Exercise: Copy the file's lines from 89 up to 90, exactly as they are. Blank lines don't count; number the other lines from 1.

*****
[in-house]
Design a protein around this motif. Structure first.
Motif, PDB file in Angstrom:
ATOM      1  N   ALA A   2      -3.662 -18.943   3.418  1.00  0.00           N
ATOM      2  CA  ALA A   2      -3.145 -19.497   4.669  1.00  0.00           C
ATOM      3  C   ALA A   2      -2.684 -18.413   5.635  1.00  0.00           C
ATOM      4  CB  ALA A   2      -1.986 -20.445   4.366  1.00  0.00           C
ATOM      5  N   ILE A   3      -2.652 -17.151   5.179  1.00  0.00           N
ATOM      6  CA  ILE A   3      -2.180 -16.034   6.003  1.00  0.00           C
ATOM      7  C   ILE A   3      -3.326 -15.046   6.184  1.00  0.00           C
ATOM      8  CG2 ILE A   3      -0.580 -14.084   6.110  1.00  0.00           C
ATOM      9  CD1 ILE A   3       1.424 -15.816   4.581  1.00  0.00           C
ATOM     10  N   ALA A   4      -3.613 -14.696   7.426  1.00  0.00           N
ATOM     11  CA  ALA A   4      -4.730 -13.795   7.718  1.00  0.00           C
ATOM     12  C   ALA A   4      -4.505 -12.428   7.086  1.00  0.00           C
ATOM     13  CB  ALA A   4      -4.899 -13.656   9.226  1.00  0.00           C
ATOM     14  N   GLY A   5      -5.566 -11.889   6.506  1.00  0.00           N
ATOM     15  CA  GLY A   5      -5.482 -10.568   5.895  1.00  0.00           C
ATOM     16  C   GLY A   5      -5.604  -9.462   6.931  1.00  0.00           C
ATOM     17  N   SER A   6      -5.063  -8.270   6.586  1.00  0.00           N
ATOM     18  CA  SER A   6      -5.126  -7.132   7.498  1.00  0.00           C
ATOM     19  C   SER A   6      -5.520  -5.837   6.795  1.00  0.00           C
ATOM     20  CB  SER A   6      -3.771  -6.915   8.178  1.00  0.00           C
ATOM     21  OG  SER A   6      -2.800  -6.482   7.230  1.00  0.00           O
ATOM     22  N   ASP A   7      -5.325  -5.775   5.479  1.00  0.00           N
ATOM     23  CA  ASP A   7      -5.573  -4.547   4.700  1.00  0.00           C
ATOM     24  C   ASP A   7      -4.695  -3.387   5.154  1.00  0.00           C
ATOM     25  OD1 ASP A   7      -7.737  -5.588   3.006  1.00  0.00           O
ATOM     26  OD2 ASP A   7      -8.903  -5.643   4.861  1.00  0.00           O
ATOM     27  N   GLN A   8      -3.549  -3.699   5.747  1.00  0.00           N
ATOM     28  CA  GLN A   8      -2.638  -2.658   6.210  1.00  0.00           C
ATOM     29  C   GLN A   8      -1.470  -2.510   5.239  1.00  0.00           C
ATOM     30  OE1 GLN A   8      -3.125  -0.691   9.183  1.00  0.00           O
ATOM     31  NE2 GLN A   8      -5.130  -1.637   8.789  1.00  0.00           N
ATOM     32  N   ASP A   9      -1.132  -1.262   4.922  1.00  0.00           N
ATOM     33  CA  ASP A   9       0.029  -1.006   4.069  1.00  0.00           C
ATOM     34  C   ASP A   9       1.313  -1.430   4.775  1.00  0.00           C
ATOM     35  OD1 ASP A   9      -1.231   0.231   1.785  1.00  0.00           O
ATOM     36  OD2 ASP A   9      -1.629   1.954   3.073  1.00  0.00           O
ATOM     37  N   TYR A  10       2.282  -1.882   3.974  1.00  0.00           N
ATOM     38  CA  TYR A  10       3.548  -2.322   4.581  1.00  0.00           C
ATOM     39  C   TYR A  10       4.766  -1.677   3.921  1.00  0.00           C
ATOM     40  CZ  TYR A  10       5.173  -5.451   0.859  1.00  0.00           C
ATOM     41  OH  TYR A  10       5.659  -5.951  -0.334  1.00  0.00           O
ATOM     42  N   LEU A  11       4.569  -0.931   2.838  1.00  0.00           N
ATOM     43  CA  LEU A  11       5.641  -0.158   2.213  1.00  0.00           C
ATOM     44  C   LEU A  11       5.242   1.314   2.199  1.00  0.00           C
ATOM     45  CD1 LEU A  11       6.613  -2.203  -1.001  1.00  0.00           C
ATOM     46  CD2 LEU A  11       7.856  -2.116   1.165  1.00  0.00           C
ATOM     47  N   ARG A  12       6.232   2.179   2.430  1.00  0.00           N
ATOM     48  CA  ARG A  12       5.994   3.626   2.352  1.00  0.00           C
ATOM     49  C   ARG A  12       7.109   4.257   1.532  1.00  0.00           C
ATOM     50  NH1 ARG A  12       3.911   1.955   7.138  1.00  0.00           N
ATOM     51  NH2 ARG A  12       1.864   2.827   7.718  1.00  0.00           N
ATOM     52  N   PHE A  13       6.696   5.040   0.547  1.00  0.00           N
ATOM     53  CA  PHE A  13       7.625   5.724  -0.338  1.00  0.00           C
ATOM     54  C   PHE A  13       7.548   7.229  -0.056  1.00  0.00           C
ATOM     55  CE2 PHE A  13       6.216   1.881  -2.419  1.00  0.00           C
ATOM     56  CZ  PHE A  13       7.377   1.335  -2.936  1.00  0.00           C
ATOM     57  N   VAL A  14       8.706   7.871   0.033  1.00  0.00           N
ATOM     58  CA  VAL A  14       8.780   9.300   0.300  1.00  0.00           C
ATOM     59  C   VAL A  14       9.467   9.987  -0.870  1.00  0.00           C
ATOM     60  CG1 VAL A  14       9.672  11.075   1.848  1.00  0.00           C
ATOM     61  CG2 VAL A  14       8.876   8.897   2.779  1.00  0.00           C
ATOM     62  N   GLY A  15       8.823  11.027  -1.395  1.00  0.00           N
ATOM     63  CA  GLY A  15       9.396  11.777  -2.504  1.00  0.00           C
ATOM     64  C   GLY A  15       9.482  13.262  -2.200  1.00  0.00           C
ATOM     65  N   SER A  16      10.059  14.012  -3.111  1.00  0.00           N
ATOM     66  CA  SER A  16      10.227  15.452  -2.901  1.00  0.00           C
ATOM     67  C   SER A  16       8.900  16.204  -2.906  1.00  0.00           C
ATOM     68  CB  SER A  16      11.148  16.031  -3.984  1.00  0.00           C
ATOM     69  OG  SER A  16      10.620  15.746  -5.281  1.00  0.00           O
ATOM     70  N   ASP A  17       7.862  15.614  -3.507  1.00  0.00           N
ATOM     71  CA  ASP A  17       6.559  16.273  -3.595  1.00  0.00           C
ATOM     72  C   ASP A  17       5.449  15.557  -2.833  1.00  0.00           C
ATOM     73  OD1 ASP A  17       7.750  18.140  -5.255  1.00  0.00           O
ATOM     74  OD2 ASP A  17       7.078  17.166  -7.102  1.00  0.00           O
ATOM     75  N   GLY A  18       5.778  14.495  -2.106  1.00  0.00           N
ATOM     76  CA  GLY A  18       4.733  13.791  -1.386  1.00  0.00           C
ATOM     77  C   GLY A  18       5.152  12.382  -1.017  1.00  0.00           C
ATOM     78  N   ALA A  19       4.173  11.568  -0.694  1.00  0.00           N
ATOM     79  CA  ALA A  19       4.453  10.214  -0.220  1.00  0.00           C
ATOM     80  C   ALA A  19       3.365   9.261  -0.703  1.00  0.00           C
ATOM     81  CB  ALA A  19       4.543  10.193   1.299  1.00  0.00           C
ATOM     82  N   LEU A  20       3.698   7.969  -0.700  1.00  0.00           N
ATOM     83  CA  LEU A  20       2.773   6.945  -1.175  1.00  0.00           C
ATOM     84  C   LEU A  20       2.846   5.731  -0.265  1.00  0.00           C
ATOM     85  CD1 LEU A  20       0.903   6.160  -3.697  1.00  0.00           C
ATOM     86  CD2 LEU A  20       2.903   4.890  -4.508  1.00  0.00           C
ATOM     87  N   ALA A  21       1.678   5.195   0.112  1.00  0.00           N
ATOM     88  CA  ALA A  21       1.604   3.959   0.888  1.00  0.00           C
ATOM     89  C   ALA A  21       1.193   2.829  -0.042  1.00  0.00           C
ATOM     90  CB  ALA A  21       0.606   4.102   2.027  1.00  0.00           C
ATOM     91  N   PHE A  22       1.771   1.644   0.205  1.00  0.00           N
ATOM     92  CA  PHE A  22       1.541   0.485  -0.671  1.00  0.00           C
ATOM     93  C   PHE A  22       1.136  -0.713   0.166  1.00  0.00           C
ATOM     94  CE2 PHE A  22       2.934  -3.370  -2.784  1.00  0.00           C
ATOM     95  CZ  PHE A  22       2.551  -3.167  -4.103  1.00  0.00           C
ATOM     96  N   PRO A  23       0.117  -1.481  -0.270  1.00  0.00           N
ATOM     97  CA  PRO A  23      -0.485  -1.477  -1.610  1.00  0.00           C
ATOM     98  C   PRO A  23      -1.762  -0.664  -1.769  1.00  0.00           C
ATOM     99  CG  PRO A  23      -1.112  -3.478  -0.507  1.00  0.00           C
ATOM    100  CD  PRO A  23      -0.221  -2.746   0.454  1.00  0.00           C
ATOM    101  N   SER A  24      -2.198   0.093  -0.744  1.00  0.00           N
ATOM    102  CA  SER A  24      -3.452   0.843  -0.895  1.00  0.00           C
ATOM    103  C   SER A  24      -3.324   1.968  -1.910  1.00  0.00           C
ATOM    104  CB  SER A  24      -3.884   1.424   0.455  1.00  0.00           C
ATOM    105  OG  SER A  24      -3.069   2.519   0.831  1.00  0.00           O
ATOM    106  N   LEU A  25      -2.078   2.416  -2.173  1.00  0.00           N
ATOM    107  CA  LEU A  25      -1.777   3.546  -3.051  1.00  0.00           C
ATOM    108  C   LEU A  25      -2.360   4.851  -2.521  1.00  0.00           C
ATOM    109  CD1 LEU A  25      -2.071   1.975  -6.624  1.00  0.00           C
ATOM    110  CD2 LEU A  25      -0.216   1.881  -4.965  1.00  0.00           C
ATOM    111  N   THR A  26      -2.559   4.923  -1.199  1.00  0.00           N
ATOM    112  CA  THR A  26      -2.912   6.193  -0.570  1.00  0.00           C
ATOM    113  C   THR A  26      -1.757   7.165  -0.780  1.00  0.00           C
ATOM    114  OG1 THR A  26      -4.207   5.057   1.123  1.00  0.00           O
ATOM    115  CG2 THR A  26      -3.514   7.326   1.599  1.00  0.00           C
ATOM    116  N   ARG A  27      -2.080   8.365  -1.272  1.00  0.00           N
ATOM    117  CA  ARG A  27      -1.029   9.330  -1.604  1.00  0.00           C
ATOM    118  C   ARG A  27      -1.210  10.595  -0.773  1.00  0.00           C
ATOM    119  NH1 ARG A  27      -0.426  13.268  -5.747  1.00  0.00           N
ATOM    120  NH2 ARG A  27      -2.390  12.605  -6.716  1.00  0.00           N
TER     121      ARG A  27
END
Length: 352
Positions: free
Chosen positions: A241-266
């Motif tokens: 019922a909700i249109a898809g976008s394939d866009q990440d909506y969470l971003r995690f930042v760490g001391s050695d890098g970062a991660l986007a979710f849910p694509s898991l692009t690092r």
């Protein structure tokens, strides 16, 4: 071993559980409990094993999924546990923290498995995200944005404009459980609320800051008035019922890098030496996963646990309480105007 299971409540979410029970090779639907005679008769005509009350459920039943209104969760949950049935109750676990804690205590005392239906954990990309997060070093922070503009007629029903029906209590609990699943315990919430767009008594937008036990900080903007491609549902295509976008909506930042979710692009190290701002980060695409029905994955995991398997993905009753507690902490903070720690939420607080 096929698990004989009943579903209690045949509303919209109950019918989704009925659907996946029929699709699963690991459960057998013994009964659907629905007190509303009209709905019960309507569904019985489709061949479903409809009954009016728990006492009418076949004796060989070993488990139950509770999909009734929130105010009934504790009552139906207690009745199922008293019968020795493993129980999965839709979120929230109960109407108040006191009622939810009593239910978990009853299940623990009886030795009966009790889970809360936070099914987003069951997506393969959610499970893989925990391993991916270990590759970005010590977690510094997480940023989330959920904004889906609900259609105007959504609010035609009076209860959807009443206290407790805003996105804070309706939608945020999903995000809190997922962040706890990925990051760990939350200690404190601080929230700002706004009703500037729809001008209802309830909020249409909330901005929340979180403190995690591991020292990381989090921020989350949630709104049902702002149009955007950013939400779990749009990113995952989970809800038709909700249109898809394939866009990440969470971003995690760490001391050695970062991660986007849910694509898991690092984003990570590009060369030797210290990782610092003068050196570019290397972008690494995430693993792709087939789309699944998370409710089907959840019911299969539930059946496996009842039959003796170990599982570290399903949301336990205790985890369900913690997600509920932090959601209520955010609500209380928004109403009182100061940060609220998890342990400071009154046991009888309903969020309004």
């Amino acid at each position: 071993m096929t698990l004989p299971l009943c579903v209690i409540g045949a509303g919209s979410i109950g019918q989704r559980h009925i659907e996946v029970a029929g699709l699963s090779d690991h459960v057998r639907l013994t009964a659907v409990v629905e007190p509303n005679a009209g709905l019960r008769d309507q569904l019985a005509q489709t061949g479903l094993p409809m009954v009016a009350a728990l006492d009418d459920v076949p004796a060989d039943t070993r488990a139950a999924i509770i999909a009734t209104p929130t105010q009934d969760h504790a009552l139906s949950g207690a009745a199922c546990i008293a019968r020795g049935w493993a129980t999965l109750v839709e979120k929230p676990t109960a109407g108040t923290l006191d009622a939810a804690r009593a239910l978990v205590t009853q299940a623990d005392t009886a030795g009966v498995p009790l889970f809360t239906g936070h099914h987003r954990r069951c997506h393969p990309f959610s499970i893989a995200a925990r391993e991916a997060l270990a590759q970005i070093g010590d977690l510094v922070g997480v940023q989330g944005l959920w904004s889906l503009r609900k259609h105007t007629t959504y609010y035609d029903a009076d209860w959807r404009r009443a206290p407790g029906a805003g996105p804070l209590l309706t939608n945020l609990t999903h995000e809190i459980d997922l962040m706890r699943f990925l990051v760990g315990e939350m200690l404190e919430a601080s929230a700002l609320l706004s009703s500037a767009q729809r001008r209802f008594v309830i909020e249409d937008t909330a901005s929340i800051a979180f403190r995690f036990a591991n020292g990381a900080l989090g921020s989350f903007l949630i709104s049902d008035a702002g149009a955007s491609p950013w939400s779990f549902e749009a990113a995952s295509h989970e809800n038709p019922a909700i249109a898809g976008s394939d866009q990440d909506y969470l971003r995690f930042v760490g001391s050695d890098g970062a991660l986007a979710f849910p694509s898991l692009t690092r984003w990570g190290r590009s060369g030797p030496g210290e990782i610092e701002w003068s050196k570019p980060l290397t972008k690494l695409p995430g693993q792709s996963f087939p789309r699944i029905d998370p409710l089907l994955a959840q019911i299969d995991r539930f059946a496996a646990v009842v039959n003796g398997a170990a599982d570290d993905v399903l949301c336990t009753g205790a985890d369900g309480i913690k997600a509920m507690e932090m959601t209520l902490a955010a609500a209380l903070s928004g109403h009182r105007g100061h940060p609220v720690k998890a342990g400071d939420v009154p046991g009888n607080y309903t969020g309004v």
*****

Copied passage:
ATOM     86  CD2 LEU A  20       2.903   4.890  -4.508  1.00  0.00           C
ATOM     87  N   ALA A  21       1.678   5.195   0.112  1.00  0.00           N